Grammatical errors have a severe negative impact on your research work. They tend to present incorrect information, and therefore,they must be edited and proofread before the final copy is submitted to your supervisor.
Editing and proofreading services are essential to the writing process. They provide effectiveness and clarity to your ideas. Well, what makes editing different from proofreading? While editing requires you to reread your draft to check for more important issues, including organisation, paragraph structure, and content, proofreading is doneto find and correct errors in writing, grammar, and language.
Strategies to Help Identify Errors
. Instead of working from a computer screen, use a printout.Proofreading from a printout allows you to simply hop around to where errors may have been repeated throughout the work [e.g., misspelt the name of a person], as well as saving your eyes from the strain of staring at a computer screen.
Readout loud. This is particularly useful for detecting run-on sentences and missing words, but you’ll also pick up on other issues that you might not have seen while reading the text aloud. This will also assist you in taking on the reader’s role, allowing you to comprehend the article as your intended audience would.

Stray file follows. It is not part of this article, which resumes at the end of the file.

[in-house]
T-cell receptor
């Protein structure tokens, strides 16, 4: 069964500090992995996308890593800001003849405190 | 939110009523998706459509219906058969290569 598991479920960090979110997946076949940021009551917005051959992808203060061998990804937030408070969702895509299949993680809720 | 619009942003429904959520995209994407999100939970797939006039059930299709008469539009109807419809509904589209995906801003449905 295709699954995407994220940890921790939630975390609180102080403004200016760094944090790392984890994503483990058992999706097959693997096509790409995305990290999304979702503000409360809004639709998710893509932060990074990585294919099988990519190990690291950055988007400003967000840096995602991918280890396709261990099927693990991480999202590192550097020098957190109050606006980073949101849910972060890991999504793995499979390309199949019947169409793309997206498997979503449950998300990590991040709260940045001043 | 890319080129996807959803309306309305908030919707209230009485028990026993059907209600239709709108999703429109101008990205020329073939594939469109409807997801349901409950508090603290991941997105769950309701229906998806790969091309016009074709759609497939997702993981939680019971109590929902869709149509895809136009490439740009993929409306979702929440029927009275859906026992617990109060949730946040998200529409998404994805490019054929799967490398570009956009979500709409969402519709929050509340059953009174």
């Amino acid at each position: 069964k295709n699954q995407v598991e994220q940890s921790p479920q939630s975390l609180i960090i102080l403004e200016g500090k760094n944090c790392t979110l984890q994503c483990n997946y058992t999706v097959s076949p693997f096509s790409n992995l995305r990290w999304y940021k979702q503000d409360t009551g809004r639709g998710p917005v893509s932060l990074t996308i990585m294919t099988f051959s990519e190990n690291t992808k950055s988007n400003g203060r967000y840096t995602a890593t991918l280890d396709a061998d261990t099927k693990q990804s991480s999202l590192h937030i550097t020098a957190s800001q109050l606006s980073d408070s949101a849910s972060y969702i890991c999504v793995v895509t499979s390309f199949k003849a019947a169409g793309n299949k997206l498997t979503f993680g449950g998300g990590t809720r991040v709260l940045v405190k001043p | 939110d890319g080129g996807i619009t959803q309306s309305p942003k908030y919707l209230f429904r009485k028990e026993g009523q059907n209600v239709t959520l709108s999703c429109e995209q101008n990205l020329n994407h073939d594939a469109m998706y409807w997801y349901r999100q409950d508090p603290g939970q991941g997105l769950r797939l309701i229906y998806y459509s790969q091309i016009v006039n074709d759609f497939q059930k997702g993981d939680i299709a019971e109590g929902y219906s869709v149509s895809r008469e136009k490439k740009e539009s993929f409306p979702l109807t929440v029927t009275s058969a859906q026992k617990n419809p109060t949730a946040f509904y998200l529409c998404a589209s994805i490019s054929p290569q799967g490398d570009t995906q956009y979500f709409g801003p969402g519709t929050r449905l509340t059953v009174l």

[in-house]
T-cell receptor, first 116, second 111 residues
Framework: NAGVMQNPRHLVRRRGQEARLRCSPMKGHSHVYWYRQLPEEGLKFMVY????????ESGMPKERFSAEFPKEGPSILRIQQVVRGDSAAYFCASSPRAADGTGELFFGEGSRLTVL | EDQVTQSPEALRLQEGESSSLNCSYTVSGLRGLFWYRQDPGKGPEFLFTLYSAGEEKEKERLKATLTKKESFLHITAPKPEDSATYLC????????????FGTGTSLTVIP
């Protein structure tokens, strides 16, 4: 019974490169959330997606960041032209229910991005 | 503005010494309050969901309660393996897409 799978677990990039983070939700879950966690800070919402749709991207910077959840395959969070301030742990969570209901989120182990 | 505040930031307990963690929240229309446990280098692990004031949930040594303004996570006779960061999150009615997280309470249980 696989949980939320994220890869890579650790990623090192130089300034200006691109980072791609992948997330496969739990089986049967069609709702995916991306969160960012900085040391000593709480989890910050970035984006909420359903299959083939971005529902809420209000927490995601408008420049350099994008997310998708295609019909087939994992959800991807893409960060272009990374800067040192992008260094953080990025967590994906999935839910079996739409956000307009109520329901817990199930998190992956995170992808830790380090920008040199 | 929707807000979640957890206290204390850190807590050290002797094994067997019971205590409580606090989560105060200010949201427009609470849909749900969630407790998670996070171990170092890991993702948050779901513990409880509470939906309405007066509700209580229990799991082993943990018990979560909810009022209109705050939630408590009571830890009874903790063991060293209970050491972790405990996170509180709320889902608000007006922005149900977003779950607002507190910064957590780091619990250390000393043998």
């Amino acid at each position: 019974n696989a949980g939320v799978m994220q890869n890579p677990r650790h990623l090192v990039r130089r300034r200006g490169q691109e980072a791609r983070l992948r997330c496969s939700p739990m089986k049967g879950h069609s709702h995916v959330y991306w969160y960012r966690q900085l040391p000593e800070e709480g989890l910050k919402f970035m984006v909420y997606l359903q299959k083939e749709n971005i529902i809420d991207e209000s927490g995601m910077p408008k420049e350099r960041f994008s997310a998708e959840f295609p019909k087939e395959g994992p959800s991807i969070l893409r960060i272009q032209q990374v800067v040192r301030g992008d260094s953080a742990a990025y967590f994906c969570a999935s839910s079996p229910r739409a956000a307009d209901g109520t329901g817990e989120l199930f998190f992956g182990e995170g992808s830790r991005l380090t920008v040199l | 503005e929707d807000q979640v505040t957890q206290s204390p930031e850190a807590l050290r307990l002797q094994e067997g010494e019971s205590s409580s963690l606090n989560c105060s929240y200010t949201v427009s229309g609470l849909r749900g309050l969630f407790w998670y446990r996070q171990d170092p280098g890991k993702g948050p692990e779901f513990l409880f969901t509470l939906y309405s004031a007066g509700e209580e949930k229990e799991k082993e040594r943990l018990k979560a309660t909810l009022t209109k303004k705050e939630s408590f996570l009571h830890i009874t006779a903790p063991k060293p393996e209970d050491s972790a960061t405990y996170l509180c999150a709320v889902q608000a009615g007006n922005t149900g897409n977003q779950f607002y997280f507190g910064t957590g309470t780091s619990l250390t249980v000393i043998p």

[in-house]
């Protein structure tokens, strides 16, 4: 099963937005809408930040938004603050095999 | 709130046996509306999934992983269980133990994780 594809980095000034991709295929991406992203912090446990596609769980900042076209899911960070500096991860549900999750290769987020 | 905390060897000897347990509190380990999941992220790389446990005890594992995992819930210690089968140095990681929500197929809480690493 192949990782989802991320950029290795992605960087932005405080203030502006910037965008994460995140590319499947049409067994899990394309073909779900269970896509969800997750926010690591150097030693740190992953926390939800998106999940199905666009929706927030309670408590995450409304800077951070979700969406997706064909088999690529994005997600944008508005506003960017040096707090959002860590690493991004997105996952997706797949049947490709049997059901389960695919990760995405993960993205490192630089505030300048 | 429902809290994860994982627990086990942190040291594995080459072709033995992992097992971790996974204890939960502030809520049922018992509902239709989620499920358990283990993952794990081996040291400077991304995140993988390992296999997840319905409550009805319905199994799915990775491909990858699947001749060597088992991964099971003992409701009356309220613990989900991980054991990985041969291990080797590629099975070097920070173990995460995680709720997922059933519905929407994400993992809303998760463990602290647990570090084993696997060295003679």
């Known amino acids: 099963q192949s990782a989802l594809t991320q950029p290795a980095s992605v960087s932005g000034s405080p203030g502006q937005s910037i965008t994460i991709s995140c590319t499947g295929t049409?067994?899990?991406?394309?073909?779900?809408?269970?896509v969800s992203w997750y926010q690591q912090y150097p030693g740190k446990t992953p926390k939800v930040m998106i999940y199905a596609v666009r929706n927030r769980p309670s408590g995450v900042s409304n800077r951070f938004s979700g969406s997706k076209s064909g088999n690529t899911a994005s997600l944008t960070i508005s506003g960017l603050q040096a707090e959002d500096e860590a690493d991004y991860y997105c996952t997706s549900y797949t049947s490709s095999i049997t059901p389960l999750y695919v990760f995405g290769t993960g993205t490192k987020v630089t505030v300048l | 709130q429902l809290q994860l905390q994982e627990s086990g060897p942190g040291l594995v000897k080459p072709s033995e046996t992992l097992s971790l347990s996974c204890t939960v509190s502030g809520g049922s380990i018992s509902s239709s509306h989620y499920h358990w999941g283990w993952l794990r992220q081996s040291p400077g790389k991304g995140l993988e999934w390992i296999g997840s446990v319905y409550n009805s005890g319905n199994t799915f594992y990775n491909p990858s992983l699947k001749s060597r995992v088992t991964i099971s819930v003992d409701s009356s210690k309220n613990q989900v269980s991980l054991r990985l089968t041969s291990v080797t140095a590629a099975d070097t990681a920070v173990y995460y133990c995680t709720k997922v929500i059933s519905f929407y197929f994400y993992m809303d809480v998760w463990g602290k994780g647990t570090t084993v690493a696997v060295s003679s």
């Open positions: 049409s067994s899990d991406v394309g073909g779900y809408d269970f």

The method prevents you from skipping over potential errors and lets you read through your document at your own leisure.
Every punctuation mark in your paper should be circled or highlighted.This compels you to pay close attention to each mark you make and consider why you used it in each sentence or paragraph. If you frequently misuse or overuse a punctuation mark, such as a comma or semi-colon, this is a very useful method.
Use the examine function of the computer to discovererrors. Using your word processor’s search [find] tool can help you find errors more quickly. For example, suppose you repeatedly use the same phrase or qualifier. In that case, you can search for those words or phrases and decide whether to eliminate them or replace them with a synonym on each occasion.
The Editing Process
There are various ways by which you can develop editing skill.
- Organisation: When organising your academic writing, there should be a clear introduction and a proper conclusion to it.
- Paragraph Structure: Each paragraph should have a topic sentence to introduce its central idea. There should be clear transitions between sentences as well as between paragraphs to make your flow coherent.
- Main Ideas: There should be a focusedthesis statement. Main ideas should be connected with the thesis statement and be supported by clear evidence.
- Clarity: Clear evidence and proper definitions improve the clarity of your ideas.
- Avoid redundancy: Look for the repetition of words, accurate sentence structure, and the correct use of technical terms.
Strategies for Proofreading your Paper
Before You Proofread
- Revise the larger aspects of the text. If you still need to work on the overall focus, development, and organisation of the paper, or if you need to re-arrange or change individual portions [the act of revising], don’t proofread for the goal of making corrections to the sentence and word level [the act of editing].